No insect registers high on the ish scale with Moon. Bedbugs? He downs the dregs of his coffee and chuckles with anticipation: "We have three bedbugs living in our office. This afternoon I'm going to prick my finger so that I can see them in action, sucking blood." Box-elder bugs? "When we moved into our house, there was a bag of box-elder seeds in the porch. It attracted bugs into our house. I was fascinated. But others in my house weren't so happy, so the bag went outside." Plagues of locusts? "In the bicentennial year, I went to Washington, D.C., when they had an overabundance of cicadas. I was in seventh heaven. These are the things we live to see. If there's an outbreak of anything, I think, Give me more. I want to see insects in the range of conditions that they can occur in."

This summer Moon will travel to Kazakhstan and Russia, looking for beneficial insects to pit against flies. "The housefly and stable fly evolved in that area; they've only been [in North America] a couple of centuries. Over there in the Old World, natural enemies have had more time to evolve. It's classic biological control: reuniting old enemies."

"Biological control" is a big word in the bug-fighting universe these days: The idea is that for each bug there's another bug that will eat it--or a scent that will lure it, or a microbe that will kill it. The Bti granules Pennuto spreads around metro-area swamps qualify as biological controls; so do the hormone-baited traps used to capture gypsy moths (see "Bugs Without Borders," p. 21). It's more expensive than the heavy-hitting insecticides that gave birth to mosquito-control districts after World War II (in the 1960s, the MMCD routinely sprayed the now-banned DDT in the Twin Cities). But for insect fans like Moon, it's the best of all possible worlds--not to mention a fascinating challenge: "The better you know a bug," he beams, "the better chance you have at finding its enemy."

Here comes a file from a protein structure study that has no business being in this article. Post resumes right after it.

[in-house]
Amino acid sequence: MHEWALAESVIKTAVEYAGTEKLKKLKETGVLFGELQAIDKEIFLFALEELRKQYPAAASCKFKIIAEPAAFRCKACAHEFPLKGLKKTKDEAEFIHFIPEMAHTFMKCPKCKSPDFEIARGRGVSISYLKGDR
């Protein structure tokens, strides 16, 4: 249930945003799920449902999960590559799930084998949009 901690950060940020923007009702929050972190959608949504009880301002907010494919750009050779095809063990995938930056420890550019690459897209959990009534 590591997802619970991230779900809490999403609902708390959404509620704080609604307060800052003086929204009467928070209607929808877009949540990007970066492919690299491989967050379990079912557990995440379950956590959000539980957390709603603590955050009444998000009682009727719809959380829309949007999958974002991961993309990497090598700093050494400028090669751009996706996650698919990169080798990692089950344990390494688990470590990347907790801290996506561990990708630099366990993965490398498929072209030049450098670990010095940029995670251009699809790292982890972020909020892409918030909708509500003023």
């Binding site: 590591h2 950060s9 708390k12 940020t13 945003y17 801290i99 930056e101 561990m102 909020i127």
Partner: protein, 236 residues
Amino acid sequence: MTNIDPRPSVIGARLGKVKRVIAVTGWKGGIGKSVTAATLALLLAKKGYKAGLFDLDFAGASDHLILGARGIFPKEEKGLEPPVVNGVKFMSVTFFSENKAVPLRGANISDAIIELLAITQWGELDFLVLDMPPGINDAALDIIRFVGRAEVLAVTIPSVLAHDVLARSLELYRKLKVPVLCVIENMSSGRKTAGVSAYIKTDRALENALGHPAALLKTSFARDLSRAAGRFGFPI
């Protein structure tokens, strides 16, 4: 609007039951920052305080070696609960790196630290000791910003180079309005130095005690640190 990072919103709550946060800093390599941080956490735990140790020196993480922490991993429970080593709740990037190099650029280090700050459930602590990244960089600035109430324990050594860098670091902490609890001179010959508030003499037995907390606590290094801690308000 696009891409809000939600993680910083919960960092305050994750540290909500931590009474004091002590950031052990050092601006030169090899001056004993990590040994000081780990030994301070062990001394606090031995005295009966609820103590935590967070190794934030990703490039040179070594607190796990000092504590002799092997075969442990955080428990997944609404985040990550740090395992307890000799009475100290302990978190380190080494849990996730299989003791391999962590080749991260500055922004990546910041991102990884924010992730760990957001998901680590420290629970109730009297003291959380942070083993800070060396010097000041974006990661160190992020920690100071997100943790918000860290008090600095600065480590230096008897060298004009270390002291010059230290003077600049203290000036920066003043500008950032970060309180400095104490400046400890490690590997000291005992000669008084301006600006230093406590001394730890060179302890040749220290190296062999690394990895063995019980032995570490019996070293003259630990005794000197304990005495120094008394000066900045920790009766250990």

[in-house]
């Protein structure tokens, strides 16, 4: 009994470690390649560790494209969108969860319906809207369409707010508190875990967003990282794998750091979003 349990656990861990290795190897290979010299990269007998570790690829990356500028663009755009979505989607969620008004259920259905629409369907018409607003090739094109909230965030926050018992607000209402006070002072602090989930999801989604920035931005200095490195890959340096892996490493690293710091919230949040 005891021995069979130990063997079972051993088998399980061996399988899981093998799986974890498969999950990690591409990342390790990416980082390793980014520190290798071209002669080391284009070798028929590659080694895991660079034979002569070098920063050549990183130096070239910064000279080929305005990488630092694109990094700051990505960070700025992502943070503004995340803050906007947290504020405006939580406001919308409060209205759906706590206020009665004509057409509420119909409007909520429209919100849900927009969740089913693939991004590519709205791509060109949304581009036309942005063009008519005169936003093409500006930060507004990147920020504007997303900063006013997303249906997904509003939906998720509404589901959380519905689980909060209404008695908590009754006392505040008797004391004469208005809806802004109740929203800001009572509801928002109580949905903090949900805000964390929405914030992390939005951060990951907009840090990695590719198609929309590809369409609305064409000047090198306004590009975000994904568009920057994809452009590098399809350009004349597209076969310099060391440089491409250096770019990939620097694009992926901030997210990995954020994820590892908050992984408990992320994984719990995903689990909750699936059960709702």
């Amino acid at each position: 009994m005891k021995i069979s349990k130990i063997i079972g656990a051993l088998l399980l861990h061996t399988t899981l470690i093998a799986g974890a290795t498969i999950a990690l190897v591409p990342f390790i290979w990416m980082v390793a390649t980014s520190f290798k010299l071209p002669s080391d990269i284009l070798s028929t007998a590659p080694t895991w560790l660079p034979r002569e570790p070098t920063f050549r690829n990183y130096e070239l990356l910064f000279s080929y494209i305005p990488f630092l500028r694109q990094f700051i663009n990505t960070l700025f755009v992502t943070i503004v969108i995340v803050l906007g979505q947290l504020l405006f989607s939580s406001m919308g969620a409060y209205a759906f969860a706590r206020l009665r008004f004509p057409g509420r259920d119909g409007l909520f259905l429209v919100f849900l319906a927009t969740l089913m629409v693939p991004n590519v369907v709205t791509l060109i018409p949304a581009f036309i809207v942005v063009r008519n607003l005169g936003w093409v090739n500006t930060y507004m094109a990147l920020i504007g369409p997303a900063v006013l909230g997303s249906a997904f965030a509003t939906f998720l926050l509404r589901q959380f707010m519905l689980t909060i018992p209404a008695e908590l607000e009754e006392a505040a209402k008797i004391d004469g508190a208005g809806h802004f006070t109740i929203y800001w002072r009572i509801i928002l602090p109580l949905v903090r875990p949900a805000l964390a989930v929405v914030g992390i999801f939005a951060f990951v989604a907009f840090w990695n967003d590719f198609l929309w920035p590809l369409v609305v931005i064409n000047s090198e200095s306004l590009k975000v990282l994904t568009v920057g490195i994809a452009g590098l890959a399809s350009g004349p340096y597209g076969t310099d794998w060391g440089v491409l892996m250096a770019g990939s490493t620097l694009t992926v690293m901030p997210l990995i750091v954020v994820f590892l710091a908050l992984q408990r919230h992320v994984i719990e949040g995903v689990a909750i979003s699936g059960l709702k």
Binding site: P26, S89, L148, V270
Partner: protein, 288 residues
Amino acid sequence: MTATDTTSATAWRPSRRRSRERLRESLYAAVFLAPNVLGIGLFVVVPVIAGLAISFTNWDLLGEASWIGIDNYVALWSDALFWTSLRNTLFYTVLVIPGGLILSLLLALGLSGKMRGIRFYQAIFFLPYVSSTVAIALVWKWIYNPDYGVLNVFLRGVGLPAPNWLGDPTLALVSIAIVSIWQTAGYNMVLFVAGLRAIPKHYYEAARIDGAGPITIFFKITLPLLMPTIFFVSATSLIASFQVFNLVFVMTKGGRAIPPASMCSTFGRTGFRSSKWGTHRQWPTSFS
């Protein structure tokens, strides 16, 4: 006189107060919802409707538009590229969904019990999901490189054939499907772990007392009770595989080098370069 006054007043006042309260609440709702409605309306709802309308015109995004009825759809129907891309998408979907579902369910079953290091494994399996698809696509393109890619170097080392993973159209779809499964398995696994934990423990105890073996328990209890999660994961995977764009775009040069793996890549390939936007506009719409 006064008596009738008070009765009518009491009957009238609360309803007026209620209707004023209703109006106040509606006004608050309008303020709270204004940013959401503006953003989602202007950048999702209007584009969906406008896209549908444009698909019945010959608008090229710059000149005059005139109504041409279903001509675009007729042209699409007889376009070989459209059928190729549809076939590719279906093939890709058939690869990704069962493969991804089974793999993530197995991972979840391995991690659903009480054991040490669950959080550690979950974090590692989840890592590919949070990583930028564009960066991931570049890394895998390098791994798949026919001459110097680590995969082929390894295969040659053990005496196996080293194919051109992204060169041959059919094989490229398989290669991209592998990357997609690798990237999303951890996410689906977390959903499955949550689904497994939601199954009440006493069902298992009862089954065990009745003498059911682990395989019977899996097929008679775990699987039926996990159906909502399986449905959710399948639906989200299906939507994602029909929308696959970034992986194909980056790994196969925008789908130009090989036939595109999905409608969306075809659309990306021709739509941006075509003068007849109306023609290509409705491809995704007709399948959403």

If Kurt Pennuto looks at the mosquito with a hunter's admiration for his prey, and Moon studies it with a researcher's passion for detail, Mike Osterholm sees it with a mix of clinical detachment and parental anguish. Minnesota's state epidemiologist for 15 years, Osterholm is an internationally known authority on infectious diseases. He is also the father of an 18-year-old who three years ago came down with a case of LaCrosse encephalitis, one of the diseases carried by some metro-area mosquitoes.  

Osterholm doesn't dwell on the illness, from which his son recovered. But he will talk, long and often, about his contention that given the right set of circumstances, mosquitoes could once again become a major health threat in the area. "Just a century ago," he notes, "malaria was a major problem in Minnesota." According to a recent report by Mayo Clinic epidemiologist L. Joseph Melton, European immigrants brought the disease with them and mosquitoes spread it around; in 1852, nearly every resident of Winona contracted it. The epidemic began to subside in the 1870s as housing and sanitation improved, the use of quinine increased, and the number of infected immigrants declined. But there were sporadic outbreaks in Minnesota until 1952, when malaria was eradicated nationwide. Visitors have kept the specter looming, however: Tens of thousands of cases were brought into the country by returning Vietnam War vets, and subsequent years have seen cases among immigrants, missionaries, migrant workers, tourists, and Peace Corps volunteers.